Ikaika Anderson elected to fill Honolulu City Council seat
By Sean Hao
Advertiser Staff Writer
By Sean Hao
Ikaika Anderson wrapped up a short, costly race for the Honolulu City Council seat representing Kailua, Kane'ohe and Waimanalo by capturing the seat formerly held by his mentor.
Anderson won with a commanding 49 percent of the vote, which easily topped his two closest competitors, former council members Steve Holmes and John Henry Felix. The special election was needed to fill the vacancy following the Feb. 22 death of Councilwoman Barbara Marshall.
"I'm very proud and thankful that the people of District 3 have placed their trust in me to go and represent them on the City Council," Anderson said. "I'll get to work right away and represent them to the best of my ability."
An Anderson victory is considered a positive sign for supporters of the city's plans to build a $5.4 billion elevated commuter rail from East Kapolei to Ala Moana. Although Anderson expressed concerns about the project, he said he would abide by the results of last November's referendum in which a narrow majority of voters supported the project.
"We need to make sure it's done correctly; we need to make sure that the alignment is done to the best possibility to alleviate traffic (and) we've also got to make sure that there's no burden placed on the taxpayers of the City and County of Honolulu," Anderson said.
Holmes placed second in the race with 14 percent of votes cast. Tracy Nakano Bean finished third with 10 percent of the vote. Keoki Leong came in fourth with 8 percent of the vote, and Felix placed fifth with 7 percent of votes cast.
According to campaign finance records, Felix outspent all competitors in the race. Felix raised $58,050 and spent $128,175 through April 8, according to his filing with the state Campaign Spending Commission. Anderson, a former Marshall aide, reported raised $81,192 and spent $98,797. Holmes raised $2,200 and spent $43,101.
In contrast, Marshall, a former TV reporter, raised $31,188 and spent $21,052 in her re-election campaign last year, according to campaign finance records.
City Council Chairman Todd Apo said the margin of Anderson's victory was surprising.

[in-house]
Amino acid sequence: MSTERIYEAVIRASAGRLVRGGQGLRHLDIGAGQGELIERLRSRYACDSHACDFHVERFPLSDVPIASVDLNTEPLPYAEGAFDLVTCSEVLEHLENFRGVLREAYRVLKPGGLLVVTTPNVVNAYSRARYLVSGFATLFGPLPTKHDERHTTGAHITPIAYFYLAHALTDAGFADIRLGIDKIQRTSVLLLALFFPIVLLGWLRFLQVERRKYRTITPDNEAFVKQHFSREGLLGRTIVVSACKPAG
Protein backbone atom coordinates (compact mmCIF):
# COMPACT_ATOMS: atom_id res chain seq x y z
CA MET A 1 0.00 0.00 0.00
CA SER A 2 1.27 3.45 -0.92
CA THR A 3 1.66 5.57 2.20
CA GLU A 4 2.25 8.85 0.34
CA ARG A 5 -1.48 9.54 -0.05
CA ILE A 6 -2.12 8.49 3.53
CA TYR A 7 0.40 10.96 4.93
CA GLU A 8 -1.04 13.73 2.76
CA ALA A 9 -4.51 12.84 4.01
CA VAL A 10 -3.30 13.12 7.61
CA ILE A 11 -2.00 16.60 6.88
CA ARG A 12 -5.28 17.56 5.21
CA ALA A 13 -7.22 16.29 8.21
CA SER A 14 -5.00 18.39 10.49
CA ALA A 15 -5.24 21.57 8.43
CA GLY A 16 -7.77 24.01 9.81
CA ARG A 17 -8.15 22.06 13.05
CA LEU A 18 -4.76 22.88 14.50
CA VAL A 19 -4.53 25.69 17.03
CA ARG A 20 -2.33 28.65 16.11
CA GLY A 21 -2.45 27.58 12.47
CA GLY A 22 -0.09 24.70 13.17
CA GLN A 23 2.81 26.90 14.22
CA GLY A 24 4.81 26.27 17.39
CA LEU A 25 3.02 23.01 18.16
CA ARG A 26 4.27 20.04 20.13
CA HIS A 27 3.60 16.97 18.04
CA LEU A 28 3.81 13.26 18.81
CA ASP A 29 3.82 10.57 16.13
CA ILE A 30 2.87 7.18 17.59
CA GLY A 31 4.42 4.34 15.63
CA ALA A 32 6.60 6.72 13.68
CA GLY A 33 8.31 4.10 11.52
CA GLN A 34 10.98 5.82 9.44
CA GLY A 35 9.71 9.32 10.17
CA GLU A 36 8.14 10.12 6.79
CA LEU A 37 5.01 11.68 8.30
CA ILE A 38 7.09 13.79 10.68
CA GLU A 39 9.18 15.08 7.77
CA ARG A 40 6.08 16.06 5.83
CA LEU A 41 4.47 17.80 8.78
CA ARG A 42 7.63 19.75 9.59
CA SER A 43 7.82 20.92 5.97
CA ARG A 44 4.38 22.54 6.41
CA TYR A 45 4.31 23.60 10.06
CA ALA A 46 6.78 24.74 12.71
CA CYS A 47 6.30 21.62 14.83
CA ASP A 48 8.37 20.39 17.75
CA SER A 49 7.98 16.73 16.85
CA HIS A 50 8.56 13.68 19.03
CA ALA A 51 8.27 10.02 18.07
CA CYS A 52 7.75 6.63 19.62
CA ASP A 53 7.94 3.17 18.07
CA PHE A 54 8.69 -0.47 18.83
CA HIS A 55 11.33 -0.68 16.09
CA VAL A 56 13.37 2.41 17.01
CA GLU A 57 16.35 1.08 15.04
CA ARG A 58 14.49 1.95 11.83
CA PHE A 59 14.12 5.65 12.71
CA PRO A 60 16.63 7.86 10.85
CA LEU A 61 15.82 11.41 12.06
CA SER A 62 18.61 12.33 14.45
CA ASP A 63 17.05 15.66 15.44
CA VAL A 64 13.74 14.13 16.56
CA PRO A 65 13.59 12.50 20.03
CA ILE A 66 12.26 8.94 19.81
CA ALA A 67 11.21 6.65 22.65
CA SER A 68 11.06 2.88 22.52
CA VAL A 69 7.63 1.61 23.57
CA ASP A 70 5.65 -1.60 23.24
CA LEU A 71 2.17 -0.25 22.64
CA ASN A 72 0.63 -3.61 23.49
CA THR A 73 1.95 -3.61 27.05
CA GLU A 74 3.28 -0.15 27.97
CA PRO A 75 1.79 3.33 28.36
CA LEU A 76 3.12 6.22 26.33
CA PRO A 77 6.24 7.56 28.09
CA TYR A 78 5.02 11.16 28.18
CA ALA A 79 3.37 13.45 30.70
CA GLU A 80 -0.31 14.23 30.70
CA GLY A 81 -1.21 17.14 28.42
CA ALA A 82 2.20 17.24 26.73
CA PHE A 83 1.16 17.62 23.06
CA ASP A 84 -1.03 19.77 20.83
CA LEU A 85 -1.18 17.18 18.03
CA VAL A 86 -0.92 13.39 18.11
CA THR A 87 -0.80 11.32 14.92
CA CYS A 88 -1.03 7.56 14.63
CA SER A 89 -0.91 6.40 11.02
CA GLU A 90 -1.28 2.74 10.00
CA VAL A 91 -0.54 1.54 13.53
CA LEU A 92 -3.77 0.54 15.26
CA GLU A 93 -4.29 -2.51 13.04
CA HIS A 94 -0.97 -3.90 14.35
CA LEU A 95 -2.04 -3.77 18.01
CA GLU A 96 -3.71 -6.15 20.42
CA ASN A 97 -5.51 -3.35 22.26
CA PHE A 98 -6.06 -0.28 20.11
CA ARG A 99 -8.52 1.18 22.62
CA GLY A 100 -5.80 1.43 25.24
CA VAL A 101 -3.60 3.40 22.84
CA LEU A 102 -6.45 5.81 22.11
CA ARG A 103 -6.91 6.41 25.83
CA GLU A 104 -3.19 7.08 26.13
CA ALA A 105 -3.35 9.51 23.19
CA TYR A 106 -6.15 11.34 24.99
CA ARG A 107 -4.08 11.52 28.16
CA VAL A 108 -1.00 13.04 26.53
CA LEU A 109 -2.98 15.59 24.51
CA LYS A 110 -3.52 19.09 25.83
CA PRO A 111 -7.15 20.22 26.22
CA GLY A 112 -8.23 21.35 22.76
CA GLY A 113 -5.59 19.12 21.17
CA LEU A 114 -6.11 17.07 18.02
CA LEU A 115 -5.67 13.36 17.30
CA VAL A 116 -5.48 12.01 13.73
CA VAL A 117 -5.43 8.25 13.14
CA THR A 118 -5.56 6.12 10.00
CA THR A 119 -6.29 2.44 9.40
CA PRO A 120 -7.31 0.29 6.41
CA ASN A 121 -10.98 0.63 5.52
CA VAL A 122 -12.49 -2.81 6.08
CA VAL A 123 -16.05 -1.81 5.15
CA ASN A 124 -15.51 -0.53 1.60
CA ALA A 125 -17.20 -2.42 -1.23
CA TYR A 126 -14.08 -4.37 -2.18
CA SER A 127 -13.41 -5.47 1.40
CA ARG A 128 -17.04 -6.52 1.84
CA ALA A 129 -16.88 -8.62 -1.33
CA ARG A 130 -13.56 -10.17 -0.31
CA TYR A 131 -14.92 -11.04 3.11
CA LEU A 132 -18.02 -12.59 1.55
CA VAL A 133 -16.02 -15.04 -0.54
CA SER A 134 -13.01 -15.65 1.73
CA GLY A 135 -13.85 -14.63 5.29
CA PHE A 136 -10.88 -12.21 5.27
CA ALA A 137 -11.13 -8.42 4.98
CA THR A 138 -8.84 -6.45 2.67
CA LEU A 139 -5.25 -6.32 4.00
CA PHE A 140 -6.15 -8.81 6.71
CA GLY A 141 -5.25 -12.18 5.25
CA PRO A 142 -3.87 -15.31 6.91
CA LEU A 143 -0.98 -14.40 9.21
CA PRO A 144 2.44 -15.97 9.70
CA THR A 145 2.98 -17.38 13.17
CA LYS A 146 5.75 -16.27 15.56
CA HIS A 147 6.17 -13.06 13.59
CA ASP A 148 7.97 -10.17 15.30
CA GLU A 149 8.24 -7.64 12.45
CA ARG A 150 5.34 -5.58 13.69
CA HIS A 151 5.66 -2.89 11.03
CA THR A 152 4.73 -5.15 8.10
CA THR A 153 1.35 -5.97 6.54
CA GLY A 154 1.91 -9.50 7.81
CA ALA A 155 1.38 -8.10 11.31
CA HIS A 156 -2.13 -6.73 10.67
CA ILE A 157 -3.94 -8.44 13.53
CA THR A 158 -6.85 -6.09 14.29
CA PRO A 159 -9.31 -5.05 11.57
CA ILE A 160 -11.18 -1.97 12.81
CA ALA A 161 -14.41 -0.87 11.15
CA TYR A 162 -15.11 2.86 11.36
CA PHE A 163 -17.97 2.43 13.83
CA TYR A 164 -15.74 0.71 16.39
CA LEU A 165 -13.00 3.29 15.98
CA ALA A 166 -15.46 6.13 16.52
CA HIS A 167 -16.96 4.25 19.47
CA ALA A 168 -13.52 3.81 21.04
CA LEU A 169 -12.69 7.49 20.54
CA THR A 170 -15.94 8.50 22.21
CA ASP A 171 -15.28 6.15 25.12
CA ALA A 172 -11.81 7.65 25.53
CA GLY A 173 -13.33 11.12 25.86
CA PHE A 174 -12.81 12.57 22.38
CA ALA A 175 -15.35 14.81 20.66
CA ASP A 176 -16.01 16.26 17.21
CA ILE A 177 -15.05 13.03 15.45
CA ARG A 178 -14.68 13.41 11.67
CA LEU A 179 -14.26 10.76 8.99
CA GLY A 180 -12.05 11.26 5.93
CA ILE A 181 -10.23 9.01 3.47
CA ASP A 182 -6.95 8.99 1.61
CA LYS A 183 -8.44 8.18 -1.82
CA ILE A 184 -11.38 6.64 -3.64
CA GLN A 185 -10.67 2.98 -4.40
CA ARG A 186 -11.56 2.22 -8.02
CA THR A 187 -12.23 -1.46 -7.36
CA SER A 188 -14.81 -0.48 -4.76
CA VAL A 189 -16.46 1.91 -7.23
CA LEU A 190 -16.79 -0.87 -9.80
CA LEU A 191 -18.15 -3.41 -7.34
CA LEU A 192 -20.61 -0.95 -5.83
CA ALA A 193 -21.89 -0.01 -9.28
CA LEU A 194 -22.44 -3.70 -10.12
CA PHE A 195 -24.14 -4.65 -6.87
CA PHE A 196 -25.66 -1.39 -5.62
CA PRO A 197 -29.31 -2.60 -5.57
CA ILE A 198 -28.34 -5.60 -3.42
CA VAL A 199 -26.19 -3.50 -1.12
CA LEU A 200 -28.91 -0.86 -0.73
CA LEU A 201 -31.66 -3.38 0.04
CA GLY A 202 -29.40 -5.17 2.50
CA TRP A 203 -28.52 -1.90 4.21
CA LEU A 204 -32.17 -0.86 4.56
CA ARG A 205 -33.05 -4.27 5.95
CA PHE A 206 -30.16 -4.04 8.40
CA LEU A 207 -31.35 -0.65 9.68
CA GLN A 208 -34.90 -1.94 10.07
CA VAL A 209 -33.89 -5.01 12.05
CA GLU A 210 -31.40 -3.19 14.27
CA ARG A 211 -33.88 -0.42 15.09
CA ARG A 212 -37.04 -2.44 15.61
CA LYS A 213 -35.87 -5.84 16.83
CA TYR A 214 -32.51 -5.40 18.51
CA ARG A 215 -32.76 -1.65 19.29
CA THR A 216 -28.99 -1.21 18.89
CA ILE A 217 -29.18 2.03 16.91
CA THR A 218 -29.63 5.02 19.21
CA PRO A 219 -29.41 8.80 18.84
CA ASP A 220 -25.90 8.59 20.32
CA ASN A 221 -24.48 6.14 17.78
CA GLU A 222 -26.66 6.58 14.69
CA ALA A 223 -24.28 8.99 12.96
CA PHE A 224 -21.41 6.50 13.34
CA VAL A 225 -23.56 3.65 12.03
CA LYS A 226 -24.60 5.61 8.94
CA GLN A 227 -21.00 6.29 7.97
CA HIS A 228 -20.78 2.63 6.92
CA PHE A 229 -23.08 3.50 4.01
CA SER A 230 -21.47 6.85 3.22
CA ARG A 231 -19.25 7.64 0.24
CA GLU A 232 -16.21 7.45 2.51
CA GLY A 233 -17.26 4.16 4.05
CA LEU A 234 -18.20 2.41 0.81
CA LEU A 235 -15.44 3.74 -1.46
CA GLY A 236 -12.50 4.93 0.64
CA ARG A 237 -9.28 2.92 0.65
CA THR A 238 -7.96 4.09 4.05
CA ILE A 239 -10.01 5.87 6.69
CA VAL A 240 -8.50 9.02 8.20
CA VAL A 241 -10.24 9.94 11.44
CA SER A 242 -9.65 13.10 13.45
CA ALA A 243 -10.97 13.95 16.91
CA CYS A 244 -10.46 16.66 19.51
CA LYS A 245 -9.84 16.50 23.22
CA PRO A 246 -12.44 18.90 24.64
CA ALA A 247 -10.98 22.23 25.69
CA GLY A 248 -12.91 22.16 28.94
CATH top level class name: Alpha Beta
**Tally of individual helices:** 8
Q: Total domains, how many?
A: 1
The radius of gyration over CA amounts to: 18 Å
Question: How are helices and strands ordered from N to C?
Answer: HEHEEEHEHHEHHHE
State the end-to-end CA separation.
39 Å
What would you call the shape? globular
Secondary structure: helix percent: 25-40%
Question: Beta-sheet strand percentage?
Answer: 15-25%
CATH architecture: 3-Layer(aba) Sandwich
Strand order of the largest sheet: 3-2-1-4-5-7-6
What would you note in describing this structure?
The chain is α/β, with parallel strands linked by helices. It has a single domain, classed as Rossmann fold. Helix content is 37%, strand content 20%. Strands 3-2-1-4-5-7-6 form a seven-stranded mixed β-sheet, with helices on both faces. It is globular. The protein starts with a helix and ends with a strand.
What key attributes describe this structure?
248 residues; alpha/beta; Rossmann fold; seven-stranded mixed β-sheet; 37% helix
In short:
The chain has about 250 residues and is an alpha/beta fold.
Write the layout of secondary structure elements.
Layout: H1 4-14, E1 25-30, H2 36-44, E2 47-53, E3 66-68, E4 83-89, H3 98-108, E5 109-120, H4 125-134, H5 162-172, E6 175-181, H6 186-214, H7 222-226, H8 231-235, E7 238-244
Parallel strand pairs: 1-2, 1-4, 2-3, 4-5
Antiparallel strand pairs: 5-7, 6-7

"I think the voters made it clear who they wanted representing them," he said.
The outcome of the District 3 race was viewed as pivotal to the balance of power on the council that favors strong supporters of Mayor Mufi Hannemann. The election of Anderson is not expected to result in a major reorganization.
However, Anderson is expected to play a key role in ongoing issues such as rail, the city's continued use of the Waimanalo Gulch landfill, the proliferation of so-called bed-and-breakfast visitor accommodations and urban encroachment.
Overall, 11 candidates competed for the seat on a schedule that spanned less than two months. The election itself was considered the city's first mail-in election.
Overall, 54,136 ballots were mailed to residents in Kailua, Kane'ohe and Waimanalo. Fully 25,564 ballots were returned, which resulted in a "voter turnout" of about 45 percent. The last time the city held a special election was in 2002, when Ann Kobayashi won the race to replace convicted felon and former councilman Andy Mirikitani. Only 12,376 people voted in that election, which was conducted via traditional voting precincts. That was a little more than one-fourth of the 44,868 registered voters in District 5 at the time.
The mayor and council are considering raising property taxes and a host of fees, along with reducing spending in certain areas, to deal with a $50 million budget shortfall.
The sources of the shortfall include lower visitor arrivals, declining real estate values and rising unemployment.
Reach Sean Hao at firstname.lastname@example.org.